Under the guidance of the European and Mediterranean studies thesis adviser (generally the professor teaching the required CEMS Undergraduate Research Seminar), students prepare a preliminary program outline at the time they declare their major. Although there are no formal tracks, courses are normally organized around the interests of a student in one of two ways:
- an emphasis on European and Mediterranean societies, past or present —their challegnes and policies;
- or an emphasis on European and Mediterranean cultures—their ideas, values, and artistic and literary trends.
The program enables students to organize their courses around a practical or theoretical problem in European society or culture, from a historical or contemporary perspective, that is applicable to one or several countries. Examples of challenges include: population movements and their impact in Europe and the Mediterranean region; the changing impact of politics on culture and social cleavages; changing patterns of religious expression in Europe; literary expression and social change in Europe; the European approach to urban problems; migration and ethnicity in Europe; equality and inequality in Europe; and democratic transition in Europe. The senior research thesis project will involve invesitagating the major themes and and issues related to the chosen topic under the guidance of the CEMS thesis adviser.
Ten 4-point courses (40 points) beyond the introductory level that deal with Europe and the Mediterranean must be completed (with a C grade level or higher) within the following disciplines:
- Two courses in culture (literature, philosophy, art history, or cinema)
- Two courses in the social sciences (politics, anthropology, sociology, or economics)
- Two additional courses in any of the three preceding categories
- One senior honors seminar in European studies (EURO-UA 300)
- One independent study during the final semester, in which students complete and earn a grade for the senior thesis
The interdisciplinary senior honors seminar should be taken during the first semester of the senior year.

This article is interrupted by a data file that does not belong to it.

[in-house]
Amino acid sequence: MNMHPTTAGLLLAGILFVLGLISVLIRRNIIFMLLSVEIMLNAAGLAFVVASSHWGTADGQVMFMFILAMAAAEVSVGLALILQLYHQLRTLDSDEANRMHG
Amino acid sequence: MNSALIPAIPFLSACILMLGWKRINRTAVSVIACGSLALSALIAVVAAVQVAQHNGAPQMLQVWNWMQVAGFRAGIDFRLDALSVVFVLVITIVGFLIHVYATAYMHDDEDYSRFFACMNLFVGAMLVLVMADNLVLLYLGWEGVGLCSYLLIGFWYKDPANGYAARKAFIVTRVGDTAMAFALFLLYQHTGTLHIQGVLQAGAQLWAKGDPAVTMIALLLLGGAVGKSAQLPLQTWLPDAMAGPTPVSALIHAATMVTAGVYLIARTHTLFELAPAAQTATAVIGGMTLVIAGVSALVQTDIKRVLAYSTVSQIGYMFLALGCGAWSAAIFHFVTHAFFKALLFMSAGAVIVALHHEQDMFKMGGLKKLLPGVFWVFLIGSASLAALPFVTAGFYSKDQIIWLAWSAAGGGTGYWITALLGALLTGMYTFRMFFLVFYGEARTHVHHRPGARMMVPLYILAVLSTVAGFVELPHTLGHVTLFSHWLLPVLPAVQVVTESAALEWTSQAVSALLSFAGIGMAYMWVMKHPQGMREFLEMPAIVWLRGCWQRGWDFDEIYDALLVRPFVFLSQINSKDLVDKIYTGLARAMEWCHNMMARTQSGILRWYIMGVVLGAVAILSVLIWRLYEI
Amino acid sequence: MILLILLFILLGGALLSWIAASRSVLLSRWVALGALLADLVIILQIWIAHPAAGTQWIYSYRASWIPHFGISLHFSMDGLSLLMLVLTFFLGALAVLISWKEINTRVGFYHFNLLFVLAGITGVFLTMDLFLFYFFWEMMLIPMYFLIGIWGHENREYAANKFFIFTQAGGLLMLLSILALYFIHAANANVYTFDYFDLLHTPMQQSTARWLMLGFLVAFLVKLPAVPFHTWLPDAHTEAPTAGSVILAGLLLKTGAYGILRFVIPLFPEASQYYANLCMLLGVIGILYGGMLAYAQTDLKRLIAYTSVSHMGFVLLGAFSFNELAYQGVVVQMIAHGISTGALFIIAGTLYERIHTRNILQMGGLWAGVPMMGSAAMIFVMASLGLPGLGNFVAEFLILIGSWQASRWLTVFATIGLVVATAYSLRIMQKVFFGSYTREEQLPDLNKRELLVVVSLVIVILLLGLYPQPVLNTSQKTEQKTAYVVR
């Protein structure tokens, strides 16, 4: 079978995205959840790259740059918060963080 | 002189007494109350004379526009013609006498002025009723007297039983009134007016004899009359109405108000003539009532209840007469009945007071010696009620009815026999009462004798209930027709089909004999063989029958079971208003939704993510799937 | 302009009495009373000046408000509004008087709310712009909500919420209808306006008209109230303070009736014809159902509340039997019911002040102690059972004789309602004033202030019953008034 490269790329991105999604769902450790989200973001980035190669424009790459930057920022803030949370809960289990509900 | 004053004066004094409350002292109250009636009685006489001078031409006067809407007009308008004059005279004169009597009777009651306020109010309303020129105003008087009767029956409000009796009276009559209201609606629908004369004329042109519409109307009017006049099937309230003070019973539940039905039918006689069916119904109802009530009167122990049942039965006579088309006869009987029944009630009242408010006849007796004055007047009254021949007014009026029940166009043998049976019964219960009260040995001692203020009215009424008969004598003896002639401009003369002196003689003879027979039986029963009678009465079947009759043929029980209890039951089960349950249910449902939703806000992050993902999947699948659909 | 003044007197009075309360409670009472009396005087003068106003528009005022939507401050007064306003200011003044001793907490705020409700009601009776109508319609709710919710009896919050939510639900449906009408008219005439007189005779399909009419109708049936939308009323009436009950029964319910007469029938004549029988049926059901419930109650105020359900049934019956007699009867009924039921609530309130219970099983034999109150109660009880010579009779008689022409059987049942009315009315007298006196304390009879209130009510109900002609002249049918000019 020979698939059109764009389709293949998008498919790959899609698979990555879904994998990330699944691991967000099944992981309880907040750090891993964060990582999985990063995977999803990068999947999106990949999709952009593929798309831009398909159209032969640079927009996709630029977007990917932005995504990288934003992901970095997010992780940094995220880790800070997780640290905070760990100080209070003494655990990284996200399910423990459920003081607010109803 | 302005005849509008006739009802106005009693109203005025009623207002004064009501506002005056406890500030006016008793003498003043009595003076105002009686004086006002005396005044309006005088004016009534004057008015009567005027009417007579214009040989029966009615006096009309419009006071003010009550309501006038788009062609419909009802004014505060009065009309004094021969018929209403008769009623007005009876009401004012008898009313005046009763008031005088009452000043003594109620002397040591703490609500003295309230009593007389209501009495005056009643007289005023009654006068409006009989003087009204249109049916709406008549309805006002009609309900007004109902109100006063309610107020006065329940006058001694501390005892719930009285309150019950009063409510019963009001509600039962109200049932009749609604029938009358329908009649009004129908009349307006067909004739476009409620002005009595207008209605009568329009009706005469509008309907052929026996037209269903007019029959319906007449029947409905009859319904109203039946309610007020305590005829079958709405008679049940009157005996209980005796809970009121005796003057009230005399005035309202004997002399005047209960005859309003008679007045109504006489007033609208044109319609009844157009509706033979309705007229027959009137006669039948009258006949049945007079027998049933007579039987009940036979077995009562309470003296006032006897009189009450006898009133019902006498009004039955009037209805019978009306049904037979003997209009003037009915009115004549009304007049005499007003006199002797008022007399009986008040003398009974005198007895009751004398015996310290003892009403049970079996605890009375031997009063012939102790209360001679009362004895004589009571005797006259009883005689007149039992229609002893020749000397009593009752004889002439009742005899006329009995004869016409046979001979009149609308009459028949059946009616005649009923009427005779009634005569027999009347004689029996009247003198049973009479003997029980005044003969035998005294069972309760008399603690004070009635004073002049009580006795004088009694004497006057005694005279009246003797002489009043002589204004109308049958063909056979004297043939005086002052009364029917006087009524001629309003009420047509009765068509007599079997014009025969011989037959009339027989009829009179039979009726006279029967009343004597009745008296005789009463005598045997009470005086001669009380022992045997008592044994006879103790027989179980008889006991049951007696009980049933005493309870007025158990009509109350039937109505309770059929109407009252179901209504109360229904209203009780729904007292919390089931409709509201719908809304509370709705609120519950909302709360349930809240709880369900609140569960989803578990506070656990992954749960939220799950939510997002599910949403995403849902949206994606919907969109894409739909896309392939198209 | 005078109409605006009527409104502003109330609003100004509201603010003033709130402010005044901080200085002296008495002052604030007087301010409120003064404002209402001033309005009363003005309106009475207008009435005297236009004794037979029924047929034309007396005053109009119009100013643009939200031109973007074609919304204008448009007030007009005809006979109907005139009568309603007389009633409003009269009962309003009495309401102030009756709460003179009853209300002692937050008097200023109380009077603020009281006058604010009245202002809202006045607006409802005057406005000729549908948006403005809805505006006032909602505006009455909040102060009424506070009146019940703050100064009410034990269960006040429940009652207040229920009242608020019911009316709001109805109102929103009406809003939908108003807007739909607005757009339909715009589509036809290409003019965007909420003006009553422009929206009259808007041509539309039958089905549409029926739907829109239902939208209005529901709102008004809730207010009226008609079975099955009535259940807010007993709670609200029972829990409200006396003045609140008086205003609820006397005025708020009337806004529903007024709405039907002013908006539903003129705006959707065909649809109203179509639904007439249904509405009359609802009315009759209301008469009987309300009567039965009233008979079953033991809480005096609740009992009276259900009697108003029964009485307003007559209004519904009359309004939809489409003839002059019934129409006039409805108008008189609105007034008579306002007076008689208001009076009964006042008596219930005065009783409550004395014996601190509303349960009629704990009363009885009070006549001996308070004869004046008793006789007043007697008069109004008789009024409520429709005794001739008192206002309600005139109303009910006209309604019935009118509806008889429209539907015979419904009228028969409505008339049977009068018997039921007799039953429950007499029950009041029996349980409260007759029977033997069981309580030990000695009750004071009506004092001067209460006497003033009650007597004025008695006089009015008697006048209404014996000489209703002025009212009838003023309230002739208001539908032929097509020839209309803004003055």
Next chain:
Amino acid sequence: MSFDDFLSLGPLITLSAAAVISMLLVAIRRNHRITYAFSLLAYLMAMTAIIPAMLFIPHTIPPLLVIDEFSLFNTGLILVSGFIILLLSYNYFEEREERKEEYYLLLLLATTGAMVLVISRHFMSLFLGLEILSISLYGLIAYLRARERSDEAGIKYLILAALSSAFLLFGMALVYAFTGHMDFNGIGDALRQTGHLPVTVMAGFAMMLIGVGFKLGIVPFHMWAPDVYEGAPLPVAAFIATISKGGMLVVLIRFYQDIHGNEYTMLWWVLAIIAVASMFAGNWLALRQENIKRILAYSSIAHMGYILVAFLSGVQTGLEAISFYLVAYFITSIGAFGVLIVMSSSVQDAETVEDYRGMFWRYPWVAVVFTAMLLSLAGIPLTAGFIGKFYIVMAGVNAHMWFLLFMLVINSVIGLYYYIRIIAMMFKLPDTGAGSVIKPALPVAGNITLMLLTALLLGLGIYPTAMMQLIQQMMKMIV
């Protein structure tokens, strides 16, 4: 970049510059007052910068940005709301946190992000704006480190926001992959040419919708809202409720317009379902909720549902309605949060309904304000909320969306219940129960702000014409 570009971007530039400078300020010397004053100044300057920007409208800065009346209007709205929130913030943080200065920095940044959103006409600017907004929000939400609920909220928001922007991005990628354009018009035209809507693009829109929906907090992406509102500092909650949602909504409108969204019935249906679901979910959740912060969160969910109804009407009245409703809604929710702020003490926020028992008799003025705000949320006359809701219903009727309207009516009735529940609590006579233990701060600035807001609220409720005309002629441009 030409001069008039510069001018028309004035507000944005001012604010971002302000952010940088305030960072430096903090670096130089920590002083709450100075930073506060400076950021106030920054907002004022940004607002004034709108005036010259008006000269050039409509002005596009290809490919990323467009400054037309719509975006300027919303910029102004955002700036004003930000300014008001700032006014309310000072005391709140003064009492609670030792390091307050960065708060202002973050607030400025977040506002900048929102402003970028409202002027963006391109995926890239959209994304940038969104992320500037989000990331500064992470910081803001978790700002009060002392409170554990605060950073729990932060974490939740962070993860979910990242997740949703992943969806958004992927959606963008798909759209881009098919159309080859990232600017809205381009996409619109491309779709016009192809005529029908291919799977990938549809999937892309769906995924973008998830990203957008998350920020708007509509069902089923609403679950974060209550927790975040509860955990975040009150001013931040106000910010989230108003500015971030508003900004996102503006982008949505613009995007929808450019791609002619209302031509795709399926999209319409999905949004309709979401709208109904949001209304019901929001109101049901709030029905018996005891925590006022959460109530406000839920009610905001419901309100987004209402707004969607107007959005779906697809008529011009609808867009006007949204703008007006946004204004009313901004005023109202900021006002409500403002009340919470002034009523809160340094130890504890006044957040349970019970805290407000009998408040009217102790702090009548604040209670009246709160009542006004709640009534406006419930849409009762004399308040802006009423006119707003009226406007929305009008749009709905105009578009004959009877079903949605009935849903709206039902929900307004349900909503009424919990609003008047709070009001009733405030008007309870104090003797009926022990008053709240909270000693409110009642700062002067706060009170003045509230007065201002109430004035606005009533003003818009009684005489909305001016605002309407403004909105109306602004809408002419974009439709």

Majors are also required to complete at least one semester of study away. Students may petition the director of the center for exemption from this requirement.
Majors in European and Mediterranean studies must demonstrate advanced-level knowledge of a major European language other than English (such as French, Spanish, Portuguese, Italian, German, Greek, or Russian). To demonstrate this knowledge, students must successfully complete an advanced-level language course. The alternative is to take a College of Arts and Science (CAS) placement exam and score above the intermediate level.
All students minoring in European and Mediterranean studies must demonstrate proficiency in at least one European language above the intermediate level (such as French, German, Italian, Portuguese, Spanish, or Greek). They must also complete four 4-point courses (16 points) with a C or better as follows: one course in European history; one course in European culture (literature, philosophy, art history, or cinema); one course in social sciences (politics, anthropology, sociology, or economics); and one additional course in any of the three preceding categories. All course programs must be designed in consultation with the center's undergraduate program adviser.
This program offers qualifying majors in European and Mediterranean studies the opportunity to earn both the B.A. and the M.A. degrees at reduced tuition cost. By completing some of their graduate requirements while still undergraduates, students can finish the program in five years.
Majors may apply for admission to the program after they have completed at least 48 points in the College, but not more than 96 credits or six semesters. Applications are reviewed by the Graduate Admission Committee of the Center for European and Mediterranean Studies, using the normal criteria for the M.A. program, except that applicants are not required to take the GRE. The committee bases its decision on students' undergraduate records and recommendations of NYU instructors.
Eight graduate courses are required, and students choose from three tracks—European politics and policy, European culture and society, and Mediterranean studies. The master's thesis may be a revision of the senior thesis project.